Monday, 27 July 2009

Roast Chicken

Roast chicken is something of a British classic in my opinion - and very simple to do! Simply take a chicken, season it with salt, freshly ground black pepper and some herbs. In this case, I've used parsley and basil, which I find add a good flavour to most dishes. Chop a couple of carrots, an onion and some celery and place around the chicken, as shown in the picture. The idea of these vegetables it add flavour to the gravy, which we will make from the juices that come from the meat. I usually lightly drizzle olive oil over the chicken and the vegetables as well. Then, simply place in the oven. It's best to follow the cooking guidelines on the label of the chicken as times will vary depending on the size.

As it's cooking, take it out of the oven a couple of times to baste it. Simply tip the tray up and use a spoon to cover the roasting chicken with the juice that will have formed in the tray. Once the chicken is cooked, it's time to make the gravy. This is really easy and I don't know why more people don't make their own gravy when the cook a roast - the flavour is so much better then the dried gravy granules that you can buy. Remove the chicken from the tray and leave on a plate to rest, covered with a sheet of kitchen foil to keep the heat in. Using a sieve, strain out the contents of the roasting tray into a suitable container, such as a measuring jug. Then, pour a few table spoons of cold water into the roasting tray and stir this around to pick up the last of the juices. Pour this into measuring jug with the rest of the strained juice. You will probably find that the gravy separates into two layers, the top one of which is fat. It's probably not a good idea to have too much fat in your gravy, so you can use a spoon to carefully remove as much of this layer as you can. Once that's done, you can thicken the gravy if you want. To do this, simply mix a little flour into some cold water in a cup. Then, place the gravy into a small pan on a low heat and slowly add the flour and water mixture whilst stirring, until you get the desired consistency. That's it! It might sound a lot, but it really is very simple and the same procedure can be used to make gravy from other meats as well as chicken, such as roast beef.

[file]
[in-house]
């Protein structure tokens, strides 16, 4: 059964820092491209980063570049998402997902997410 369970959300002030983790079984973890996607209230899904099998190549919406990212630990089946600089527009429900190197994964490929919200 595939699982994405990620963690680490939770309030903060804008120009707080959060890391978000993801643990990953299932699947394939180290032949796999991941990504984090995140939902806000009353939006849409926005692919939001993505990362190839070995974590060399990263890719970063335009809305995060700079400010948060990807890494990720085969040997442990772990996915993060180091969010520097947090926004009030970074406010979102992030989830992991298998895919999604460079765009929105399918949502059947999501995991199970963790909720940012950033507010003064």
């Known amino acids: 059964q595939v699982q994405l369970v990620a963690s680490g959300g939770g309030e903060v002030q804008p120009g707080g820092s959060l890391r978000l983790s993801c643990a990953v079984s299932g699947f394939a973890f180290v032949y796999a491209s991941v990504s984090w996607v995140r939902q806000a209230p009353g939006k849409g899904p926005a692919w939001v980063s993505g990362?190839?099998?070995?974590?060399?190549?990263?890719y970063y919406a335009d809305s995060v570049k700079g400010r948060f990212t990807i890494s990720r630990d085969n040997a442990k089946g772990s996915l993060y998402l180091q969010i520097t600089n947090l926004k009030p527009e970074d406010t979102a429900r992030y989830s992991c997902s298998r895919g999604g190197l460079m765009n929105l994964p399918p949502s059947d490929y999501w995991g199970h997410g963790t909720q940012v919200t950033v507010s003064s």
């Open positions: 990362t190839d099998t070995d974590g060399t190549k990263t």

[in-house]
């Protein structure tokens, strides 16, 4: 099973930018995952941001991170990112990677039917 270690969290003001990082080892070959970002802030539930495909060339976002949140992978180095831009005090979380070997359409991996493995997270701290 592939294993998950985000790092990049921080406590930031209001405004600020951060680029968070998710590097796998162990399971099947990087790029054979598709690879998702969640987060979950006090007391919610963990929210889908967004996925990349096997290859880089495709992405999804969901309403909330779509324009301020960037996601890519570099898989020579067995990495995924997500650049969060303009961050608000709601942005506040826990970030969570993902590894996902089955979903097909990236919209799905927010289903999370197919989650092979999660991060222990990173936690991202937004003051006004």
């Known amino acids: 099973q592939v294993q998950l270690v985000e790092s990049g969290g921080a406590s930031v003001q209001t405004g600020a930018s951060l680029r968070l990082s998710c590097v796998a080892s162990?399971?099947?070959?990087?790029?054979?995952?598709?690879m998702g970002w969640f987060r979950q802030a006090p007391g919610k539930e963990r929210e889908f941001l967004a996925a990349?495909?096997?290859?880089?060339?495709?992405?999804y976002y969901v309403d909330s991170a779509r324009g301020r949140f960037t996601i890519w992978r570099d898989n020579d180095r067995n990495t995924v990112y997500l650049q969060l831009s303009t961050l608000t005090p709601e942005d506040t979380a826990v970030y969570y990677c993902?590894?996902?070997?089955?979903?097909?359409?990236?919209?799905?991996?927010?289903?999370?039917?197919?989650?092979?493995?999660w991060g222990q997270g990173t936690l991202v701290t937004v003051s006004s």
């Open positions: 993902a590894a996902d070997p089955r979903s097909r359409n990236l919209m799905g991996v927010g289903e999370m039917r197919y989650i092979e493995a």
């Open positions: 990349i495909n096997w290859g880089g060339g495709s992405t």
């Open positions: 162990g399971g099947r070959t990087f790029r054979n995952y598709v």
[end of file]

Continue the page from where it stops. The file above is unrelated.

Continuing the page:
I like to keep a roast simple, so in this case I served it with boiled potatoes, English green cabbage
One of the great things about roast chicken is that you can use all the left overs to make the most amazing fresh chicken stock, but I'll cover that in another post. Enjoy!


Gavin said...

Awesome! I feel inspired to roast something tonight now as well!

Dr. B said...

Glad I could inspire you! That is perhaps the main aim of my blog really, to inspire people to go out and see what they can do with all the wonderfull ingredients there are out there.